Mr. Bozeman appealed to the Veterans Court, and in January 2013 the parties entered into a joint motion for remand (JMR) after agreeing that the Board failed to provide an adequate statement of its reasons and bases for its decision. The JMR instructed that “[o]n remand, Appellant is entitled to submit additional evidence and argument in support of his claim ․ and VA is obligated to conduct a critical examination of the justification for its decision .” J.A. 105. On remand, Mr. Bozeman's representative submitted a brief on his behalf reiterating the terms of the JMR and asking the Board, “based upon the previously advanced arguments, and cumulative weight of the evidence [,]” to comply with the Veterans Court's order “and for further action consistent with the discussion contained in the [JMR].” Id. at 5.

In May 2013, the Board again denied entitlement to a rating in excess of 50 percent for PTSD prior to February 24, 2003, finding that “[t]he most competent and credible evidence of record indicates that [Mr. Bozeman's] service-connected PTSD was not producing or nearly approximating occupational and social impairment with deficiencies in most areas, or total occupational and social impairment prior to February 24, 2003.” Id. at 120.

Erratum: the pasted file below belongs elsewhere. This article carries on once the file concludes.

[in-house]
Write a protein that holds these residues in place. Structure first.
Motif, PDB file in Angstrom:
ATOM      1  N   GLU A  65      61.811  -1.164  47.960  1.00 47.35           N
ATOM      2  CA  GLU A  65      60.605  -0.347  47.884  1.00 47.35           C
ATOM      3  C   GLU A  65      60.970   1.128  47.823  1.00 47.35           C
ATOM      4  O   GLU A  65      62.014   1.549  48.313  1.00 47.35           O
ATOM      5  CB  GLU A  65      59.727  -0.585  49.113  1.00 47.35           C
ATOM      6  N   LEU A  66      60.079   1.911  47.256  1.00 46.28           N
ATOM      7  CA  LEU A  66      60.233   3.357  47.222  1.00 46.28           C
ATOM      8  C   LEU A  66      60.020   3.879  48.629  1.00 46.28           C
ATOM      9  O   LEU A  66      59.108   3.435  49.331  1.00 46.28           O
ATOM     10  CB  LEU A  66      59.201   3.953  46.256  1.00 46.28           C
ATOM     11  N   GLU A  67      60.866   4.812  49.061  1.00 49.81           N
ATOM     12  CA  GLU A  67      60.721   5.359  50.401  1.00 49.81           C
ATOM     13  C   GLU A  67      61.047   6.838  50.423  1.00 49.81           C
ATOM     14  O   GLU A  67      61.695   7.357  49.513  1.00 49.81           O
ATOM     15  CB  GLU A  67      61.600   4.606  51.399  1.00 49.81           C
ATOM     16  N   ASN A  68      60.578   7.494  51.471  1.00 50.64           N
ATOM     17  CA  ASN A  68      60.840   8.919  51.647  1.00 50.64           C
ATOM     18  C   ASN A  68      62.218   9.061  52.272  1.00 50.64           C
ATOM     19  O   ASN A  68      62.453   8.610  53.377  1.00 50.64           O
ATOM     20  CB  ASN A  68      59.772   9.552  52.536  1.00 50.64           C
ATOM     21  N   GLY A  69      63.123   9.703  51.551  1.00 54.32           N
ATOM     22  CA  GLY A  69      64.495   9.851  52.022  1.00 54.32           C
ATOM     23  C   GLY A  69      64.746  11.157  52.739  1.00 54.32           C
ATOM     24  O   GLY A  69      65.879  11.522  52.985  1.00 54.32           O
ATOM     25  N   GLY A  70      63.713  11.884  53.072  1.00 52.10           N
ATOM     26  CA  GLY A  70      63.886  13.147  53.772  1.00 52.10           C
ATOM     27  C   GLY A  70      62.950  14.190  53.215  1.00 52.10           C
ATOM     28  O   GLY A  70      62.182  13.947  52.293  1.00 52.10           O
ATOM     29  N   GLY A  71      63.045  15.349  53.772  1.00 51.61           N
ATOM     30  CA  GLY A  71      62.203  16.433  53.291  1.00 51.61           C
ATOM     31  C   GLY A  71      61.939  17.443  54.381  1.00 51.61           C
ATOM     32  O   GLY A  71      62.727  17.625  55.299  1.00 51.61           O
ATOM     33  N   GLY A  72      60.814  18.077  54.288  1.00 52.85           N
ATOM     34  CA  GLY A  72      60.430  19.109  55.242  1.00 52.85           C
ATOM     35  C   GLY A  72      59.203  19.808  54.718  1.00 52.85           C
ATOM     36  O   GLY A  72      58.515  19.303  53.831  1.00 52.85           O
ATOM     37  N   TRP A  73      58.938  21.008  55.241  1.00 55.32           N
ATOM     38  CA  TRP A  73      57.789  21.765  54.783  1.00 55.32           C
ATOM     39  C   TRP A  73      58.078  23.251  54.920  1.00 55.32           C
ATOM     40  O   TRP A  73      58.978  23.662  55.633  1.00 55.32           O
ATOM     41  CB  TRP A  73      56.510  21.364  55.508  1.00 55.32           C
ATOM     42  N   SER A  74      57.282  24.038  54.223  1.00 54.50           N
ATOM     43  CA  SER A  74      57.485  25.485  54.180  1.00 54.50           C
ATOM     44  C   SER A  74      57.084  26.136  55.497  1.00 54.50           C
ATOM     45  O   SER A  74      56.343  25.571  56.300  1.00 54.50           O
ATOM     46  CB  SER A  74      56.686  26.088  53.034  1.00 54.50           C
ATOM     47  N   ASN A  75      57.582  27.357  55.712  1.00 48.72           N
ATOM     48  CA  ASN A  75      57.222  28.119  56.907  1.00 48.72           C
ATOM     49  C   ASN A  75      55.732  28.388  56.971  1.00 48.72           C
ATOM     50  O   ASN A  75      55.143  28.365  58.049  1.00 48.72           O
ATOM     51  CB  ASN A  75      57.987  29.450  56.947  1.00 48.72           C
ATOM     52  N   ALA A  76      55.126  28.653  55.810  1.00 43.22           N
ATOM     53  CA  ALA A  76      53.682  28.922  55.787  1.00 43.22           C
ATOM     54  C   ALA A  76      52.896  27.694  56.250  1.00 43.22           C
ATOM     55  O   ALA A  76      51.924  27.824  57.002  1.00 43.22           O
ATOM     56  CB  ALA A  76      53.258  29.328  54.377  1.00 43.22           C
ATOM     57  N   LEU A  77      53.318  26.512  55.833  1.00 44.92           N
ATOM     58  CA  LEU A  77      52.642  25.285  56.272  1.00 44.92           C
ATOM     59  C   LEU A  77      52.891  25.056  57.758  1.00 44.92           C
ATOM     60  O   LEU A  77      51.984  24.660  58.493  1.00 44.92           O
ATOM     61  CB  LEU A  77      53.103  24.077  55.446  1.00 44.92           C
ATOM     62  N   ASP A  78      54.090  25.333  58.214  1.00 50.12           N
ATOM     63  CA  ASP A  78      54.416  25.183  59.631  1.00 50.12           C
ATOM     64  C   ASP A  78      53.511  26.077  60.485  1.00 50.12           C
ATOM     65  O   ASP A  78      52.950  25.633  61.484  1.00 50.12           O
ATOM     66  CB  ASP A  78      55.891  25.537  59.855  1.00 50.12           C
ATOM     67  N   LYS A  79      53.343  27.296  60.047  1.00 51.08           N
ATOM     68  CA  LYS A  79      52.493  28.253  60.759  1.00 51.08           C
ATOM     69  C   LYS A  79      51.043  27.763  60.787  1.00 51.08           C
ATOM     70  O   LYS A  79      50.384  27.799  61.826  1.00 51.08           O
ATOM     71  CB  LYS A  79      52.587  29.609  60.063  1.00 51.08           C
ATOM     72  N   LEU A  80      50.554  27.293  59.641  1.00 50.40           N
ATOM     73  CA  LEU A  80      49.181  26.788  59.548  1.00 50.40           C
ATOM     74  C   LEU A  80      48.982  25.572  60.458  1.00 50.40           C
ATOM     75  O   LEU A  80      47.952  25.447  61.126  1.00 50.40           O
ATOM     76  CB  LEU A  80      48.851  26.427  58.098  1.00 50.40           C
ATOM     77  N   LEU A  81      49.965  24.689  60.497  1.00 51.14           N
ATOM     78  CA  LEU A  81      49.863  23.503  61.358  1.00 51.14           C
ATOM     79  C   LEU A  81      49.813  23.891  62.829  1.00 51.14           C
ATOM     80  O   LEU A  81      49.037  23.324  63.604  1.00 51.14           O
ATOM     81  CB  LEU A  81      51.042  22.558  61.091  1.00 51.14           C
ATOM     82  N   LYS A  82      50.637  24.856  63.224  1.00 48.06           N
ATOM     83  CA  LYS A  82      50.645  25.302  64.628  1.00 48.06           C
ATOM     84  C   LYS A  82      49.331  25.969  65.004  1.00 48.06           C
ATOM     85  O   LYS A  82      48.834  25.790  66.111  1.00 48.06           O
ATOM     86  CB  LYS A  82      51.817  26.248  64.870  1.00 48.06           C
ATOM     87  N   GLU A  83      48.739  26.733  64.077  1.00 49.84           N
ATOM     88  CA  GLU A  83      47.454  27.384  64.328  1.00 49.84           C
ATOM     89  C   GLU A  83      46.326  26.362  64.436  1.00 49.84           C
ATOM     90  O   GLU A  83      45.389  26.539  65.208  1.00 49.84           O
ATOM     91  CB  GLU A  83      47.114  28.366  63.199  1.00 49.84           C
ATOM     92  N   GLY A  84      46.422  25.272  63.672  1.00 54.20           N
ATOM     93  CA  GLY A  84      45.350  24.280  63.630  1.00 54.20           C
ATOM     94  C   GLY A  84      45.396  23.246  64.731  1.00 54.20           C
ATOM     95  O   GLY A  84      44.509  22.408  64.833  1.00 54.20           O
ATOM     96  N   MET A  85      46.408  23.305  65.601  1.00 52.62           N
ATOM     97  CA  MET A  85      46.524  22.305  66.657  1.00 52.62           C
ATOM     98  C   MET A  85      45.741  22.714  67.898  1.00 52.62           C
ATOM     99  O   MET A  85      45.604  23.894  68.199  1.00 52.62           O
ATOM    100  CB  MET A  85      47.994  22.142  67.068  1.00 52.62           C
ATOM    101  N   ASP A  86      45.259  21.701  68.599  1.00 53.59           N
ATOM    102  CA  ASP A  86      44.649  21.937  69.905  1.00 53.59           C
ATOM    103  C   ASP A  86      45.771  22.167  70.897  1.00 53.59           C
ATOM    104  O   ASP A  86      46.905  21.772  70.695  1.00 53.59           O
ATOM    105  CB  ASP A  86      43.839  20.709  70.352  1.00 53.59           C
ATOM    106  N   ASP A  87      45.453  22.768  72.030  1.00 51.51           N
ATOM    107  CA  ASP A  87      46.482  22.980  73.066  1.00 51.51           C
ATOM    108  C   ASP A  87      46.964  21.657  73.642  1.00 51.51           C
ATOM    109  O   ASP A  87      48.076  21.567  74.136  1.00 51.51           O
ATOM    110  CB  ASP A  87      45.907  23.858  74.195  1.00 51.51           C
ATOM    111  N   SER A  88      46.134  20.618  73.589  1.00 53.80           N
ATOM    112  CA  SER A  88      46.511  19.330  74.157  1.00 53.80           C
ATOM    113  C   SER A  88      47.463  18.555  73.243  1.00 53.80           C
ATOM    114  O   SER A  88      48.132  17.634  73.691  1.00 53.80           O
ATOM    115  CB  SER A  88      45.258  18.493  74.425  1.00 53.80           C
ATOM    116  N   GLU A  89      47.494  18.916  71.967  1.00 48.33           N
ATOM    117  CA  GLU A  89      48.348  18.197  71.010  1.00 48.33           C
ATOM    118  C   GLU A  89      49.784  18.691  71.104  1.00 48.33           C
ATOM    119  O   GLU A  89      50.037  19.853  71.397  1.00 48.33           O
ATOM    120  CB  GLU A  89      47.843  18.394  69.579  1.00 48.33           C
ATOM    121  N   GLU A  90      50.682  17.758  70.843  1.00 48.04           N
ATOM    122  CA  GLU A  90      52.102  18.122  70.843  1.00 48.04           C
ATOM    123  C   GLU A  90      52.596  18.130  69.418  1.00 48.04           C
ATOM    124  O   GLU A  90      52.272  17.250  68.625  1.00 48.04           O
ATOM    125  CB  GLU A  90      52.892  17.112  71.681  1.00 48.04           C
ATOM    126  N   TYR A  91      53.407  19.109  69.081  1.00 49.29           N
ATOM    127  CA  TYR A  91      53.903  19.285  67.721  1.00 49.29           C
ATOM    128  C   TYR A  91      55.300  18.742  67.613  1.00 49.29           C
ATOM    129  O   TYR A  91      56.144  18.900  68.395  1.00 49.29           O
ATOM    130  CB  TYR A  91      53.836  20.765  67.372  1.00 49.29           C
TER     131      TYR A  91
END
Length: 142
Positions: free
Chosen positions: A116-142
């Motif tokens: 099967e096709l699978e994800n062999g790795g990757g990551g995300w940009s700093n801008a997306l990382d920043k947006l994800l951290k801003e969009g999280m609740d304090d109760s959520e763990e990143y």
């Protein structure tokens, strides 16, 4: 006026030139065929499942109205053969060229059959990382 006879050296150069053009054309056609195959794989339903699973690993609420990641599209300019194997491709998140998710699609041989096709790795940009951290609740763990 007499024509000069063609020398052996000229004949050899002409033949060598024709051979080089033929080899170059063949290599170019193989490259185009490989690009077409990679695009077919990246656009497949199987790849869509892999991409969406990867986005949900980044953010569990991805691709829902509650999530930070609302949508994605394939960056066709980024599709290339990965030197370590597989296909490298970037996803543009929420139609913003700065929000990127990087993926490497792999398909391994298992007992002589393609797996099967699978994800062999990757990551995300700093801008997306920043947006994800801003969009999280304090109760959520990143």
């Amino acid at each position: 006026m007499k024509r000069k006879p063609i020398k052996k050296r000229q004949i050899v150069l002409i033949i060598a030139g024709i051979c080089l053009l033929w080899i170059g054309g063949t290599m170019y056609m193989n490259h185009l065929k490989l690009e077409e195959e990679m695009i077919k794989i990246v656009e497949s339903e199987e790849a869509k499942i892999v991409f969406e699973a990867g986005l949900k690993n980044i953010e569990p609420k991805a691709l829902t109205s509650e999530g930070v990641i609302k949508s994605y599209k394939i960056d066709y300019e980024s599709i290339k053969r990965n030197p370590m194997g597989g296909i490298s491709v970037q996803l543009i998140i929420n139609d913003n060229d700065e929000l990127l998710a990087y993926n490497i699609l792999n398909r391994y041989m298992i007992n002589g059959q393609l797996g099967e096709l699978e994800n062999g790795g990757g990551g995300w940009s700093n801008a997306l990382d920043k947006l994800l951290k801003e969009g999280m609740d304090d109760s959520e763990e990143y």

Mr. Bozeman again appealed to the Veterans Court, arguing that the Board failed to address relevant, material evidence contained in the 2005 examination report—i.e., that Mr. Bozeman's history of substance abuse may be a way of coping with his PTSD—which contradicts the 2002 examination report relied upon by the Board in its decision. The Veterans Court, after finding that the JMR did not limit the scope of the Board's review on remand, invoked the doctrine of issue exhaustion because Mr. Bozeman failed to raise this argument on the previous appeal, in connection with the JMR, or before the Board on remand. Specifically, the court concluded that the “VA's interest in having a fair and full opportunity to consider all theories relevant to Mr. Bozeman's appeal outweighs his interest in having his argument heard for the first time on appeal,” therefore, “the interest of judicial efficiency weighs in favor of invoking the exhaustion doctrine in this matter.” J.A. 7. On October 29, 2014, the Veterans Court denied Mr. Bozeman's motion for single judge reconsideration, and entered judgment.